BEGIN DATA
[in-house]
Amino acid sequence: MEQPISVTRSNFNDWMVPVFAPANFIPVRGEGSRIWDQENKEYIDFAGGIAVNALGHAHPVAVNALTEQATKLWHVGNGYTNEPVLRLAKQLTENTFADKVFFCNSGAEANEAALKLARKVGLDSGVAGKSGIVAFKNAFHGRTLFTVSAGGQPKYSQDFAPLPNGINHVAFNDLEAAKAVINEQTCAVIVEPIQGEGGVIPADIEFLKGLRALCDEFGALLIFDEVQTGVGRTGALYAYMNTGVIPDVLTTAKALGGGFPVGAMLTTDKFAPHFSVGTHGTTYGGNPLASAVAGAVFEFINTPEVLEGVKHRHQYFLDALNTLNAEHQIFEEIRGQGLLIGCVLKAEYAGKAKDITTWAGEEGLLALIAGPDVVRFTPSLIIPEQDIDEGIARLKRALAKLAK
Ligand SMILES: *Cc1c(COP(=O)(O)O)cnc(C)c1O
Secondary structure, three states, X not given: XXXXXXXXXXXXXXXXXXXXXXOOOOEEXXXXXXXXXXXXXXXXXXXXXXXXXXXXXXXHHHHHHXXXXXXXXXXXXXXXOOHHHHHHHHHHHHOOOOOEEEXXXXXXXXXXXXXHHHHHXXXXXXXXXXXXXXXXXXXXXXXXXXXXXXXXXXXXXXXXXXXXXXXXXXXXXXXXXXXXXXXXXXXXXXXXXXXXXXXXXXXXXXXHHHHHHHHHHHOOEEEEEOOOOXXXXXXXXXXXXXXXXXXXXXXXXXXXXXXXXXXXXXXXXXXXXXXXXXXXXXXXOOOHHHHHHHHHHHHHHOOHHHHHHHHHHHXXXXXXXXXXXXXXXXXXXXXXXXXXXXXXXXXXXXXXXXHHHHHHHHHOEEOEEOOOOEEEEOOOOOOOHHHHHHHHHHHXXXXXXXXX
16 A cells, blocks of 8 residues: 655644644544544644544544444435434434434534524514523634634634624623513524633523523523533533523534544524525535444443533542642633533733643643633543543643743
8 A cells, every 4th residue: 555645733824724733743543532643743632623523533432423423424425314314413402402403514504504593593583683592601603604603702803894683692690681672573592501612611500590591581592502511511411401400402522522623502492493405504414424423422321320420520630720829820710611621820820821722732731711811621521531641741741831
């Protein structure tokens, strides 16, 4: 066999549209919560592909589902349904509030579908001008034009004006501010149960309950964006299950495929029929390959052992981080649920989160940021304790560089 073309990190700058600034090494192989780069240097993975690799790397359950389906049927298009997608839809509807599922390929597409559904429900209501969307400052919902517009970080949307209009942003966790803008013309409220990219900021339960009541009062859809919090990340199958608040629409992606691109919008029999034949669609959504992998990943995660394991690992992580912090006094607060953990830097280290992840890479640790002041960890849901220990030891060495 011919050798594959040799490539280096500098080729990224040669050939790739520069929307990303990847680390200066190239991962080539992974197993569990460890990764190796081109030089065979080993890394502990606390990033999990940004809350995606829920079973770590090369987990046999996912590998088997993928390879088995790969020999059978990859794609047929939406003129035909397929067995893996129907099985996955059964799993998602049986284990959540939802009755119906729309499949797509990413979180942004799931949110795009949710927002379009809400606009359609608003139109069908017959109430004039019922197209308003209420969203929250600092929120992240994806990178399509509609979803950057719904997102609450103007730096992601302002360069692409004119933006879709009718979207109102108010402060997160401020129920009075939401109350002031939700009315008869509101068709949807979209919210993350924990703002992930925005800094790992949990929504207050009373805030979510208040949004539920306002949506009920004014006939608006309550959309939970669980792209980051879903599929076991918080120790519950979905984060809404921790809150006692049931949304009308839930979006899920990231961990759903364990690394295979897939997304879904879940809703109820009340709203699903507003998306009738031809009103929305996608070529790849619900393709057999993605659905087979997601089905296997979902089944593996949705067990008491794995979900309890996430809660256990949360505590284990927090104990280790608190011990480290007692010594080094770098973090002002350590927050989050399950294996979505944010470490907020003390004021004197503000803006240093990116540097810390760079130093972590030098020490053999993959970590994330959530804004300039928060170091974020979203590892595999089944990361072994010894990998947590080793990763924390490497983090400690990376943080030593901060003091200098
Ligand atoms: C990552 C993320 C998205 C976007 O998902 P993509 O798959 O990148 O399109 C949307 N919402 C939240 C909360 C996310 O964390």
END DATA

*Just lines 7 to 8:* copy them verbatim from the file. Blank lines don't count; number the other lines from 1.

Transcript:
């Protein structure tokens, strides 16, 4: 066999549209919560592909589902349904509030579908001008034009004006501010149960309950964006299950495929029929390959052992981080649920989160940021304790560089 073309990190700058600034090494192989780069240097993975690799790397359950389906049927298009997608839809509807599922390929597409559904429900209501969307400052919902517009970080949307209009942003966790803008013309409220990219900021339960009541009062859809919090990340199958608040629409992606691109919008029999034949669609959504992998990943995660394991690992992580912090006094607060953990830097280290992840890479640790002041960890849901220990030891060495 011919050798594959040799490539280096500098080729990224040669050939790739520069929307990303990847680390200066190239991962080539992974197993569990460890990764190796081109030089065979080993890394502990606390990033999990940004809350995606829920079973770590090369987990046999996912590998088997993928390879088995790969020999059978990859794609047929939406003129035909397929067995893996129907099985996955059964799993998602049986284990959540939802009755119906729309499949797509990413979180942004799931949110795009949710927002379009809400606009359609608003139109069908017959109430004039019922197209308003209420969203929250600092929120992240994806990178399509509609979803950057719904997102609450103007730096992601302002360069692409004119933006879709009718979207109102108010402060997160401020129920009075939401109350002031939700009315008869509101068709949807979209919210993350924990703002992930925005800094790992949990929504207050009373805030979510208040949004539920306002949506009920004014006939608006309550959309939970669980792209980051879903599929076991918080120790519950979905984060809404921790809150006692049931949304009308839930979006899920990231961990759903364990690394295979897939997304879904879940809703109820009340709203699903507003998306009738031809009103929305996608070529790849619900393709057999993605659905087979997601089905296997979902089944593996949705067990008491794995979900309890996430809660256990949360505590284990927090104990280790608190011990480290007692010594080094770098973090002002350590927050989050399950294996979505944010470490907020003390004021004197503000803006240093990116540097810390760079130093972590030098020490053999993959970590994330959530804004300039928060170091974020979203590892595999089944990361072994010894990998947590080793990763924390490497983090400690990376943080030593901060003091200098
Ligand atoms: C990552 C993320 C998205 C976007 O998902 P993509 O798959 O990148 O399109 C949307 N919402 C939240 C909360 C996310 O964390």